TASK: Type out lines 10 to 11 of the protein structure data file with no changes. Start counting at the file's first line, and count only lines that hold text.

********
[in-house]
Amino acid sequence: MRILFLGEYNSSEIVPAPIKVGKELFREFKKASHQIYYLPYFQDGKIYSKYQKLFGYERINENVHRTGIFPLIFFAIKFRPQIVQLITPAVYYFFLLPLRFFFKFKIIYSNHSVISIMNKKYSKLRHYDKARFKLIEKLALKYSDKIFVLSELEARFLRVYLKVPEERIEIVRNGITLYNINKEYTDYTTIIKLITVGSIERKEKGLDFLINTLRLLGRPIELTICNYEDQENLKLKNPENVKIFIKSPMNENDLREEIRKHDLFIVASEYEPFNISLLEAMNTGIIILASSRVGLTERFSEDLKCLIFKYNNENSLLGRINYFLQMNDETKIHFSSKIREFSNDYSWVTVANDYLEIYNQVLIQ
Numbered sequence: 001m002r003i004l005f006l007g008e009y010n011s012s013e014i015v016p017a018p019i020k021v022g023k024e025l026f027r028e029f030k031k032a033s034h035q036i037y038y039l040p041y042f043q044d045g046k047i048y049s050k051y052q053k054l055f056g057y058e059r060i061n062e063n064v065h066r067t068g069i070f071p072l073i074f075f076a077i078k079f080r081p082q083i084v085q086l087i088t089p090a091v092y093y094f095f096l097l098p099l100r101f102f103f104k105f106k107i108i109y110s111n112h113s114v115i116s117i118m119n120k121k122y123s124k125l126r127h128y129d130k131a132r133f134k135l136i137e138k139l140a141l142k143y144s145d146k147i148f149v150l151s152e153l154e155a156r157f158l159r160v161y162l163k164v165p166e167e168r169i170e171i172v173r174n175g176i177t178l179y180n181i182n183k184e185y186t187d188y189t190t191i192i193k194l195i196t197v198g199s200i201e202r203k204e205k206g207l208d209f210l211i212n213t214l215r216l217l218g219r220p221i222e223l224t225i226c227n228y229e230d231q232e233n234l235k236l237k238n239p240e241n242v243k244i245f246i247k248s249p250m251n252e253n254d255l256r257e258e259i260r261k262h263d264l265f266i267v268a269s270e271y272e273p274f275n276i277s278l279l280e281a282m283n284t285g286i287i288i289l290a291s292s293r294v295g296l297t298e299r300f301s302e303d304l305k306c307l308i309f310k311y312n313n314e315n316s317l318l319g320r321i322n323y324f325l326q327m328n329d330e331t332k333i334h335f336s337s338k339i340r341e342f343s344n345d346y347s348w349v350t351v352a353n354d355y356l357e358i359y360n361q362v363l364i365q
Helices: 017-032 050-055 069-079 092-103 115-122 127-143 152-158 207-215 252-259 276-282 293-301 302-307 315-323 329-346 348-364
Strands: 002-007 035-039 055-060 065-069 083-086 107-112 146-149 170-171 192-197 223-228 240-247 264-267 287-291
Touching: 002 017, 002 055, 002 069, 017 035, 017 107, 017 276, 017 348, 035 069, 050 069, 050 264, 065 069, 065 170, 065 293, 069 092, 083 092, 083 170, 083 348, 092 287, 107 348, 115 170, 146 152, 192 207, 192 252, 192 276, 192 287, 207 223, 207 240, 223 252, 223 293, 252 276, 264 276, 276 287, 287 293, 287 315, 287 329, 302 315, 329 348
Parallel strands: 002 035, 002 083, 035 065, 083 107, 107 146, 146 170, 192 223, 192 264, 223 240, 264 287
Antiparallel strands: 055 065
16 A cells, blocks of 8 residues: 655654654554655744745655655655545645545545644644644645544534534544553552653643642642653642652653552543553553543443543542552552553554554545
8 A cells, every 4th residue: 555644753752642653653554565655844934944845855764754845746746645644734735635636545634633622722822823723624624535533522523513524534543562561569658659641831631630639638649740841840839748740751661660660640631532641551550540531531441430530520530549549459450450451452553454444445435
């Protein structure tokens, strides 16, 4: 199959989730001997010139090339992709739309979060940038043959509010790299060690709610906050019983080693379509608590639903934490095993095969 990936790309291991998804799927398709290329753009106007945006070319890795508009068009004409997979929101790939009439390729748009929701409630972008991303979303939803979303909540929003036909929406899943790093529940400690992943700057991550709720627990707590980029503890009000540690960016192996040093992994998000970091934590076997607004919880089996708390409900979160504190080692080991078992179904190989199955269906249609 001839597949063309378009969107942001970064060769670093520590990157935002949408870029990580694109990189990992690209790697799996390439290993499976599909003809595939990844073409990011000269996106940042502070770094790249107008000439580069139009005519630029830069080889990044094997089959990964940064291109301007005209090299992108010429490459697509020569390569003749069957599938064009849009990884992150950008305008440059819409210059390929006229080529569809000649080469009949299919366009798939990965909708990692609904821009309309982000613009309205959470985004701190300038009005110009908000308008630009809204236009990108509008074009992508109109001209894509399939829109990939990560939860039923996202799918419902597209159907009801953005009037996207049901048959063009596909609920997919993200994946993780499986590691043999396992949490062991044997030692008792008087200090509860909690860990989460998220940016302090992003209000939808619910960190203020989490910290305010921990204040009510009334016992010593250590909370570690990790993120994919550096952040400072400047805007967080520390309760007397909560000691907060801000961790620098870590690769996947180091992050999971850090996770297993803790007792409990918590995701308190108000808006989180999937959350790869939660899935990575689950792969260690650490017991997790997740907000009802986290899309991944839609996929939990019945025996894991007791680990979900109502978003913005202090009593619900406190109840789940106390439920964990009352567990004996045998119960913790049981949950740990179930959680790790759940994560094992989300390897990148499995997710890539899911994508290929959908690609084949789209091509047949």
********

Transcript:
8 A cells, every 4th residue: 555644753752642653653554565655844934944845855764754845746746645644734735635636545634633622722822823723624624535533522523513524534543562561569658659641831631630639638649740841840839748740751661660660640631532641551550540531531441430530520530549549459450450451452553454444445435
């Protein structure tokens, strides 16, 4: 199959989730001997010139090339992709739309979060940038043959509010790299060690709610906050019983080693379509608590639903934490095993095969 990936790309291991998804799927398709290329753009106007945006070319890795508009068009004409997979929101790939009439390729748009929701409630972008991303979303939803979303909540929003036909929406899943790093529940400690992943700057991550709720627990707590980029503890009000540690960016192996040093992994998000970091934590076997607004919880089996708390409900979160504190080692080991078992179904190989199955269906249609 001839597949063309378009969107942001970064060769670093520590990157935002949408870029990580694109990189990992690209790697799996390439290993499976599909003809595939990844073409990011000269996106940042502070770094790249107008000439580069139009005519630029830069080889990044094997089959990964940064291109301007005209090299992108010429490459697509020569390569003749069957599938064009849009990884992150950008305008440059819409210059390929006229080529569809000649080469009949299919366009798939990965909708990692609904821009309309982000613009309205959470985004701190300038009005110009908000308008630009809204236009990108509008074009992508109109001209894509399939829109990939990560939860039923996202799918419902597209159907009801953005009037996207049901048959063009596909609920997919993200994946993780499986590691043999396992949490062991044997030692008792008087200090509860909690860990989460998220940016302090992003209000939808619910960190203020989490910290305010921990204040009510009334016992010593250590909370570690990790993120994919550096952040400072400047805007967080520390309760007397909560000691907060801000961790620098870590690769996947180091992050999971850090996770297993803790007792409990918590995701308190108000808006989180999937959350790869939660899935990575689950792969260690650490017991997790997740907000009802986290899309991944839609996929939990019945025996894991007791680990979900109502978003913005202090009593619900406190109840789940106390439920964990009352567990004996045998119960913790049981949950740990179930959680790790759940994560094992989300390897990148499995997710890539899911994508290929959908690609084949789209091509047949």